Wingman

One of the most valuable things we can do when we’re trying to find a way forward is to put our thoughts out there with somebody we trust.

Somebody who will challenge and look for our weak spots, with the intent of sharpening our argument, or our game.

I’ve been wrestling with a paradox. When we coach, we cannot have an agenda- we are in service of our client’s thinking. The moment we introduce our own thinking, uninvited, we are no longer coaches.

At the same time, part of our job is to introduce ideas and concepts that might move our client forward.

So, how do we square this circle?

My “sparring partner” today helped me see a route.

In what seems a long time ago, I was an officer in the R.A.F. During my time there, I was taught the idea of a “wing man“. The concept is as simple as it is powerful. When we are focused on a target, we lose peripheral vision. We are so focused on the target, we fail to see what is going on around us.

The wing man provides that. She looks out for us, and feeds back to us threats we may not see.

The biggest threats we are facing today sit outside of our immediate vision. We may achieve and celebrate short term financial goals, whilst at the same time not see the bigger systemic picture, wherein lie the issues that will take us out of the game.

All of us need a “wingman” or woman. I’m grateful for mine. Who’s yours?

Escape Velocity

The 50th anniversary of landing on the moon took me to thoughts about escape velocity. For earth, a little over 11km/s, or Mach 33, or several times the velocity of a high powered rifle bullet. The energy needed to escape the pull of the familiar.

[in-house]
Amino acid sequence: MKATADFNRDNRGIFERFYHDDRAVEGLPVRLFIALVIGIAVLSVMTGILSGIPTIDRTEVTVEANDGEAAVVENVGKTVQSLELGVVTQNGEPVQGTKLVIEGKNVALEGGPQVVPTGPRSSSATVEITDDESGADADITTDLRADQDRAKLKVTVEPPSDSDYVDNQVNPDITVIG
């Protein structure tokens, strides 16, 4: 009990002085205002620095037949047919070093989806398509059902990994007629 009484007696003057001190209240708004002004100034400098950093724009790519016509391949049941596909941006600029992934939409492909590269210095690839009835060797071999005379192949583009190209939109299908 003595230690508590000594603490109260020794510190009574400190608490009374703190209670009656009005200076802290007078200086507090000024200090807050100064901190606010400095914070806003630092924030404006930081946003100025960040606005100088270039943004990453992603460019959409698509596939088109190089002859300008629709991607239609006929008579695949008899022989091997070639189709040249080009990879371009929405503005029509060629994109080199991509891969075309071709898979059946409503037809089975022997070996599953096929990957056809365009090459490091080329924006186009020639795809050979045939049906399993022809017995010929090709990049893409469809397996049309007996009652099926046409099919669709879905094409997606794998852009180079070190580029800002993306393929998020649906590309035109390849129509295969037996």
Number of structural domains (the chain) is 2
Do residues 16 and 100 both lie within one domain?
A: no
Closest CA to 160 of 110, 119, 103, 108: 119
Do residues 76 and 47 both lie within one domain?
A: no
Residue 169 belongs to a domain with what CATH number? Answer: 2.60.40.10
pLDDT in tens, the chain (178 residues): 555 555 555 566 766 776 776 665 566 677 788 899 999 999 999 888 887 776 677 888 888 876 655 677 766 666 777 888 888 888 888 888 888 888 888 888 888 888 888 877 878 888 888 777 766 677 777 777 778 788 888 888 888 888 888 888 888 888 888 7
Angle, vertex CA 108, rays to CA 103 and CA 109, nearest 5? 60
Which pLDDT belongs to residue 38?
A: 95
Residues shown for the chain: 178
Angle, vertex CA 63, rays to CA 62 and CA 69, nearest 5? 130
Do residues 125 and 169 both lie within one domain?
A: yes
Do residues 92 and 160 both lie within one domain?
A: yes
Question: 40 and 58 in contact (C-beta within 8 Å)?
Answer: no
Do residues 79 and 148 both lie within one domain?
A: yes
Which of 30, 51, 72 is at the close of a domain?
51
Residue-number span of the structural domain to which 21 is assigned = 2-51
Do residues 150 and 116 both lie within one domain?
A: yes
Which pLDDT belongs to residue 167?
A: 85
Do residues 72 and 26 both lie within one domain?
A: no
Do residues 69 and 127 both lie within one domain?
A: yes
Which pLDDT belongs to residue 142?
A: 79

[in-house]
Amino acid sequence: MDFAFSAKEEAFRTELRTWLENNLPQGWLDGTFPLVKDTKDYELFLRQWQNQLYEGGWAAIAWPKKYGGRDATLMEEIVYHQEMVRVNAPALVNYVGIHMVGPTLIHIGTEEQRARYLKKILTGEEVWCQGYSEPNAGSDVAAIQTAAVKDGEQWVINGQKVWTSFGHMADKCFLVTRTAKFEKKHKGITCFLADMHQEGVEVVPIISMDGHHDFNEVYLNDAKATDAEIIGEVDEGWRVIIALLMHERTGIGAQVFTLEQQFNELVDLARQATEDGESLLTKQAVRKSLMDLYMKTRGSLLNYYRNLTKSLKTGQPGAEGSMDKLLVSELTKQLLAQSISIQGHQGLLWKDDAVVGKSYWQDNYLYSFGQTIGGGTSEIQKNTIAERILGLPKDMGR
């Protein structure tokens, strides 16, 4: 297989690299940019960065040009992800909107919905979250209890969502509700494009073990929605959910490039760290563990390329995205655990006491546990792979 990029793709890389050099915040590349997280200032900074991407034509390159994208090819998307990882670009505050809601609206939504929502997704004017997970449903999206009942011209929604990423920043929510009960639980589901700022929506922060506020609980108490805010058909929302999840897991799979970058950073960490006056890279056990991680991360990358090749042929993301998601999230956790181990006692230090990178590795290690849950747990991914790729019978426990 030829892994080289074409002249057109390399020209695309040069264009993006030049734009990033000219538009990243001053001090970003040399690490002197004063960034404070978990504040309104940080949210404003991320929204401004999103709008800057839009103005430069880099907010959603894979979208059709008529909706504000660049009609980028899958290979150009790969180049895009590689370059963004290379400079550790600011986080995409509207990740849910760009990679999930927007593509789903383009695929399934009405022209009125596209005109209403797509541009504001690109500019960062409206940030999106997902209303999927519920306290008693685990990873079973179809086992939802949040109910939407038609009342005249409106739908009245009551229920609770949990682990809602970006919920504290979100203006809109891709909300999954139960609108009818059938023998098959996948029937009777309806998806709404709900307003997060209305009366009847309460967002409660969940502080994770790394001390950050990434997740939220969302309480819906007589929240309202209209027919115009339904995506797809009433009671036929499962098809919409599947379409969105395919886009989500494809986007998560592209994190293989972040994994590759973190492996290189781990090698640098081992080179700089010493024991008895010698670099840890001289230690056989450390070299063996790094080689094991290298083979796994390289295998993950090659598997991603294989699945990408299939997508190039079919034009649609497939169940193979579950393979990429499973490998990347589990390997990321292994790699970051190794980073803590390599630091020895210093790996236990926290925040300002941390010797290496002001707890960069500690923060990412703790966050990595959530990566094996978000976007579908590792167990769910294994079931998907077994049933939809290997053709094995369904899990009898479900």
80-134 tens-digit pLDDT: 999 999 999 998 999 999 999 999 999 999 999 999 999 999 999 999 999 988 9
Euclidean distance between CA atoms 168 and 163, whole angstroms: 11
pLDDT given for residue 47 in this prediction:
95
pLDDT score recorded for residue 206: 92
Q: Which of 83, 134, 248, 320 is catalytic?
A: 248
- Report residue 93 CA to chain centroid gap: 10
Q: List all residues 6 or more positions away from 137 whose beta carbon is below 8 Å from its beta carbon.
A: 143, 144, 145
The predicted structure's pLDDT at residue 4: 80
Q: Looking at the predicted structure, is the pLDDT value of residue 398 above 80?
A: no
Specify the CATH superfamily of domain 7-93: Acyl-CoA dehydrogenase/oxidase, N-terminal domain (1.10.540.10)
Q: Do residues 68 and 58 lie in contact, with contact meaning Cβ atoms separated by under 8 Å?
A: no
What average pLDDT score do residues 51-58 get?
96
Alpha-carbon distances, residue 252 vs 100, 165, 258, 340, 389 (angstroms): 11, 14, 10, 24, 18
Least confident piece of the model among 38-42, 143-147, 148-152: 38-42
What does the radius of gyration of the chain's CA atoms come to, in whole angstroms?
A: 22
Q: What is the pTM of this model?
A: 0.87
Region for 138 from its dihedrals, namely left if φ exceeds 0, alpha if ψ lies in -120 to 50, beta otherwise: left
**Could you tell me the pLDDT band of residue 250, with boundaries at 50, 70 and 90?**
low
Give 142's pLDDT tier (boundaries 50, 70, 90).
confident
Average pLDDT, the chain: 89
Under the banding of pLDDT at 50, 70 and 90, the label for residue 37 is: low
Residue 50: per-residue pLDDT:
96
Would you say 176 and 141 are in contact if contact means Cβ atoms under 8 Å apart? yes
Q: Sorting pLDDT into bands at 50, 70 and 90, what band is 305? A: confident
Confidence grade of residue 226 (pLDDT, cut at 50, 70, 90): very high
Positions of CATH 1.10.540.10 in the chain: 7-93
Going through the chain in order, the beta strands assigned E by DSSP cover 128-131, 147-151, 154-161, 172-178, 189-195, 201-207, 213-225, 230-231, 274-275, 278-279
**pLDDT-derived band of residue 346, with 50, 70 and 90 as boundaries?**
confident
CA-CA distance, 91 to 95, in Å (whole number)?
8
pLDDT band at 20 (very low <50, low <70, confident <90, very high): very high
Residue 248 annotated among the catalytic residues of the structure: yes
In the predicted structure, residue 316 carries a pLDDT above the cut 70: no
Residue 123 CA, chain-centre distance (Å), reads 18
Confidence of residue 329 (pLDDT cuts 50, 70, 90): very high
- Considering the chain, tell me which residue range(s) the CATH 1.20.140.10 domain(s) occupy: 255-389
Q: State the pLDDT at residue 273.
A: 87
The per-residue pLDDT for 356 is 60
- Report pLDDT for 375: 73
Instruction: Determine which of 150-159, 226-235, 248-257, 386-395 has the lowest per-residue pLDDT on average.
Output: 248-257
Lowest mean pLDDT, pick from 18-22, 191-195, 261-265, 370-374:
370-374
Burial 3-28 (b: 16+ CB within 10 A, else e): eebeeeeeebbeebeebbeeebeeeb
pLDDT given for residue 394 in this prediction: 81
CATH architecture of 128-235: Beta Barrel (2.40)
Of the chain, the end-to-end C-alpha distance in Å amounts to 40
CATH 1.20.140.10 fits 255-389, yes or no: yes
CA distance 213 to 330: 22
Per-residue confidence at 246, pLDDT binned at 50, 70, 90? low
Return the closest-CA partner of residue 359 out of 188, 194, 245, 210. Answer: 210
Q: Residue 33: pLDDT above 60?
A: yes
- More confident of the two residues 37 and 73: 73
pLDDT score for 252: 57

We are currently trapped in a numbers driven economic system, largely detached from considering it’s externalities – the unintended consequences of the headlong push for growth. Our escape velocity will be determined by what we value.

We have allowed ourselves to become limited by the gravity of an orthodoxy that may well kill us unless we escape its pull.

There are however signs, and not just from the likes of Extinction Rebellion. People closer to the centre of the current orthodoxy. Paul Polman, former CEO of Unilever, is making a stand. So too is the head of Moore Stephens speaking at The European Court of Auditors – not a body I have previously associated with radical action.

Good though this is, it seems unlikely that this is where the leadership we need will come from. They have little to risk.

The real impetus, the energy needed for escape velocity will come from those who do have something to risk. Those who will do differently, from the outset. Who will view value as more than numbers.

Smaller businesses, individuals without the security of an established career.

Those for whom the risk of standing out is real.

Which is most of us.

Following

Maybe, in times of uncertainty and rapid change, following is the most important thing we can do.

Following is a choice. By accepting and commiting to a leader’s premise, we are defining ourselves. Our values, our hopes, our aspirations. By following we become personally accountable for the outcomes .

A leader cannot be a leader without followers.

Both “leading” and “following” imply movement. From here, to there. Joint effort to an agreed destination for a specific purpose.

Following infers risk. It’s not often the Generals that lie bleeding on the battlefield.

So, perhaps we have three options.

  • To Lead. In pursuit of something we believe in , to commit ourselves and face the dangers. The Hero’s Journey.
  • To Follow. To make a conscious decision to back the vision and capability of a leader, putting yourself on the line by making your decision.
  • Fatalism. To do nothing, in the belief that you can do nothing, and that what will be will be.

Each is a conscious choice. When we decide to do something, to say yes to something, no to something, or take a time out, we are making decisions and defining ourselves.

Each time we put a cross on a ballot paper, take a job offer, follow somebody on social media, or watch and do nothing we are defining who we are to others, and of course ourselves.

Who we follow is a serious decision, with consequences. Take it seriously.

We are all accountable.